Food Science and Technology Department


First Advisor

Dr. Yanbin Yin

Date of this Version

Summer 7-2021


Li, T., 2021. The Differences of Prokaryotic Pan-genome Analysis on Complete Genomes and Simulated Metagenome-Assembled Genomes. University of Nebraska-Lincoln. M.S. Thesis.


A THESIS Presented to the Faculty of The Graduate College at the University of Nebraska In Partial Fulfillment of Requirements For the Degree of Master of Science, Major: Food Science & Technology, Under the Supervision of Professor Yanbin Yin. Lincoln, Nebraska: July 2021.

Copyright © 2021 Tang Li


Metagenomic assembly is often used in microbiome research. In metagenomic assembly, contigs are binned based on the shared nucleotide composition. These contig bins are called metagenome-assembled genomes (MAGs), each representing a unique bacterial genome recovered from metagenome sequencing. Hundreds of thousands of high-quality MAGs of various ecological environments have been published since 2017, and increasingly more MAGs are being used in pan-genome analyses where unculturable species or species without reference genomes are studied in microbiome research. However, compared to the traditional pan-genome analysis that uses isolate genomes (from a pure strain isolated from a mixed bacterial population), it is not known how the quality of pan-genome analyses is affected by the problems often associated with MAGs, such as fragmentation, incompleteness, and contamination. The purpose of this study is to investigate differences in pan-genome analysis on complete isolate genomes and MAGs. The specific aims are: (1) to evaluate the changes in the core genome of MAGs, and (2) to test the influence of MAGs on downstream functional analysis. MAGs with expected quality were simulated from complete genomes of 17 prokaryotic species, and pan-genome analysis was performed for simulated MAGs to generate core genomes. Functional and phylogenetic analyses were performed using the results of simulated MAGs and benchmarked against those using the original complete genomes. Compared to the analyses using the complete genomes, fragmentation and incompleteness in MAGs led to reduced core genomes, while contamination in MAGs resulted in large numbers of unique genes. The potential underestimation in functional prediction and incorrect phylogenetic reconstruction was associated with the loss of core genomes. We suggest that more relaxed parameters should be used in pan-genome analysis to improve the accuracy of MAGs. Better quality control of MAGs and the development of new pan-genome analysis tools (e.g., with improved gene annotation and clustering algorithms) are needed in future studies.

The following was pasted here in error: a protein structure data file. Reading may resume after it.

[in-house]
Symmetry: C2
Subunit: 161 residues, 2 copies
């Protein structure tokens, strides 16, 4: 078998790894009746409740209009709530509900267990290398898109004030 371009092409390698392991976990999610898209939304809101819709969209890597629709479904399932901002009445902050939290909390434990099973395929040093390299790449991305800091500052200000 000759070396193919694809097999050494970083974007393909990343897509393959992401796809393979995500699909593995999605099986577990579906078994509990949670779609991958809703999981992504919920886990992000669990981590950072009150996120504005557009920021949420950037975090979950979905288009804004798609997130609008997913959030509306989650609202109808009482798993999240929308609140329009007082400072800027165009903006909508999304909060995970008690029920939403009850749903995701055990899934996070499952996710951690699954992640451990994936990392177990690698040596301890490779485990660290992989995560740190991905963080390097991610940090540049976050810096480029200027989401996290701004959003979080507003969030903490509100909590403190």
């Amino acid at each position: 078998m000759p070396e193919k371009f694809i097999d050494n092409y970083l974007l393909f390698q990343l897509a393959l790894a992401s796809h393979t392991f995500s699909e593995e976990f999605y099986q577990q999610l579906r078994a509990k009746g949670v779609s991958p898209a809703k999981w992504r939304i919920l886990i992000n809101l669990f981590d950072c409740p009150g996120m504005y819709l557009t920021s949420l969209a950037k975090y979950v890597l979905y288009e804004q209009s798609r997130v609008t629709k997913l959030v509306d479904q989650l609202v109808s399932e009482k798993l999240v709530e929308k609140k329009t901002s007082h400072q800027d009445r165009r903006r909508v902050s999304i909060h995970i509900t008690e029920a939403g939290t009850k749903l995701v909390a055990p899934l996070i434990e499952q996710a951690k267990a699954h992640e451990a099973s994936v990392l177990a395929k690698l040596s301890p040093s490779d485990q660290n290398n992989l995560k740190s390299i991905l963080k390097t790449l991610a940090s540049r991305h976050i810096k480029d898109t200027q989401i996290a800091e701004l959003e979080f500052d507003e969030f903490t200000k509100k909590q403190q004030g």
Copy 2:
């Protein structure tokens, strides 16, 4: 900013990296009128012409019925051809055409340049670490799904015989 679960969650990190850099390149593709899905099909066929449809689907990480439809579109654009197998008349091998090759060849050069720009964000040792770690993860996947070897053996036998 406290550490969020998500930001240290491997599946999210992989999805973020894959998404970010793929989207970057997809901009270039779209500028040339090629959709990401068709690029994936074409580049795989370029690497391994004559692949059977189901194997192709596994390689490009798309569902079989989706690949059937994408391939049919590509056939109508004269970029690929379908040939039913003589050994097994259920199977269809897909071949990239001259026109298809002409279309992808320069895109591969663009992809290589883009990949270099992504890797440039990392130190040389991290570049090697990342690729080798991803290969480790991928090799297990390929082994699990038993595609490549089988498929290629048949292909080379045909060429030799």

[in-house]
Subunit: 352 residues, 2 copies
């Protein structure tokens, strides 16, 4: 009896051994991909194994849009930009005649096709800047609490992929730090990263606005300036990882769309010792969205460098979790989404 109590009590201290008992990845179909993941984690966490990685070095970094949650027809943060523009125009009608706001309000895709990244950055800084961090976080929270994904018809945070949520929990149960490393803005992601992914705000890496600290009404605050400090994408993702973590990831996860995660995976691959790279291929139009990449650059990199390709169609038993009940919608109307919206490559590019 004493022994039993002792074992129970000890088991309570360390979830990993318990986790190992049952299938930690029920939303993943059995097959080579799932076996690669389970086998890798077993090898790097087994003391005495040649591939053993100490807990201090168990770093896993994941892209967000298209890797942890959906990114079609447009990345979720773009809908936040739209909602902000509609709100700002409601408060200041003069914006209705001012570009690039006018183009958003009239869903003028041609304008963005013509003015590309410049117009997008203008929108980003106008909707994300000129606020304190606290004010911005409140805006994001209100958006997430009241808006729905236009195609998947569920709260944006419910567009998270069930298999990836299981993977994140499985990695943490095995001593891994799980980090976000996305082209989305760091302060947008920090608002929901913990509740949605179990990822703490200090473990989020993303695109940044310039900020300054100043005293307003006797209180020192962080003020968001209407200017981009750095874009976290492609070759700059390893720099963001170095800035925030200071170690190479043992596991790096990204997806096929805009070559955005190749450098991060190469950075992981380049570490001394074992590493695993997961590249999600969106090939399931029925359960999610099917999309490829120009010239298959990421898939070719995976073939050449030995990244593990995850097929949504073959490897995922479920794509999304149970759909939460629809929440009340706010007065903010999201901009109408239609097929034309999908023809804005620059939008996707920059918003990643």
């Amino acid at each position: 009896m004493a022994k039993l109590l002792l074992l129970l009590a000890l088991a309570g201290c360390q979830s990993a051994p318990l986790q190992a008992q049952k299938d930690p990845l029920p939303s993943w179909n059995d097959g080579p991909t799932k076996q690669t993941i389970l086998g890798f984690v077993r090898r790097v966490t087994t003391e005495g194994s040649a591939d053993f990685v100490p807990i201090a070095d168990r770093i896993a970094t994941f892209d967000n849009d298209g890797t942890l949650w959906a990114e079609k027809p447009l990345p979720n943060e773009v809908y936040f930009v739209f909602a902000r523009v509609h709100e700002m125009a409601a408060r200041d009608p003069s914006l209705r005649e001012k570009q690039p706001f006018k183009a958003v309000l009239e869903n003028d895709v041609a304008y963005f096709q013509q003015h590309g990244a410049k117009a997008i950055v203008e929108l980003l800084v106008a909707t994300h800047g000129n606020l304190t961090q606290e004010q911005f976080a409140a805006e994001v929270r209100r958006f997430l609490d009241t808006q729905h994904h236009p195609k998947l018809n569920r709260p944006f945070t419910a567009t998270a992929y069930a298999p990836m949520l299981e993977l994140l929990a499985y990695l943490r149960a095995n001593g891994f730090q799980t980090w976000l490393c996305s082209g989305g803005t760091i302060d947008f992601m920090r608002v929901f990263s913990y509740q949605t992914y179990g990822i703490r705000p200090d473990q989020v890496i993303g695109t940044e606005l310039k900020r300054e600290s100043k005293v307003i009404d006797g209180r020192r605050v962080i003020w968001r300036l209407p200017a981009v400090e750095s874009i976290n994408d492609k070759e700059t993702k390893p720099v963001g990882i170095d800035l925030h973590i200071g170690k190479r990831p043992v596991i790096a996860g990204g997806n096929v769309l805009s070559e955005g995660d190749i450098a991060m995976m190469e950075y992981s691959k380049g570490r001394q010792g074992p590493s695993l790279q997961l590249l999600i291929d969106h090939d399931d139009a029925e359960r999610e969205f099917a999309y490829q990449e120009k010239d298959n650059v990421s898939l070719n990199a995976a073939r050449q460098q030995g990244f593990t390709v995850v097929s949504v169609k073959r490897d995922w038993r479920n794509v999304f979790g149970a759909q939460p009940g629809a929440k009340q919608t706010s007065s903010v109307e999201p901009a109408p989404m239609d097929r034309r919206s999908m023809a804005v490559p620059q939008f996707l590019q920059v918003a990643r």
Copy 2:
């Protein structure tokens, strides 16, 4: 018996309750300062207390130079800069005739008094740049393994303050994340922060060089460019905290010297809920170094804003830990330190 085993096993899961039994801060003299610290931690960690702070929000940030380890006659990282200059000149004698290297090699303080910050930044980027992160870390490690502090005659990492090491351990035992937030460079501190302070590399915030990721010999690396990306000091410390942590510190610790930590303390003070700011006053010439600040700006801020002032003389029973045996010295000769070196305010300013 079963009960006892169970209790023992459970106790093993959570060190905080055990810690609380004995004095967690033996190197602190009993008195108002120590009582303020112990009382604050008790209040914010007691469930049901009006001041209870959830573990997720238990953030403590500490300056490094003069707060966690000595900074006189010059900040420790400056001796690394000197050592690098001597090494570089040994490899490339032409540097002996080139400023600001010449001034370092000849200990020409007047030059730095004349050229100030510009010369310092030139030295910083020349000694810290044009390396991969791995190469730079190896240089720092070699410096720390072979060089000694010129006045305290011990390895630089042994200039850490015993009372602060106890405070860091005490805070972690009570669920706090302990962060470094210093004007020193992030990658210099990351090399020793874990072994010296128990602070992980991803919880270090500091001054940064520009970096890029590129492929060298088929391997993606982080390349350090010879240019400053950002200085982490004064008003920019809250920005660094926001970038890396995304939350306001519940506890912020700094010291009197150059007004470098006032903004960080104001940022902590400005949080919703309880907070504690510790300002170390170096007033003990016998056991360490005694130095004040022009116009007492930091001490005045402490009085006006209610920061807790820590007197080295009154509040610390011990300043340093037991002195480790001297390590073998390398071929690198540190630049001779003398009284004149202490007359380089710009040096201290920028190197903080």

Advisor: Yanbin Yin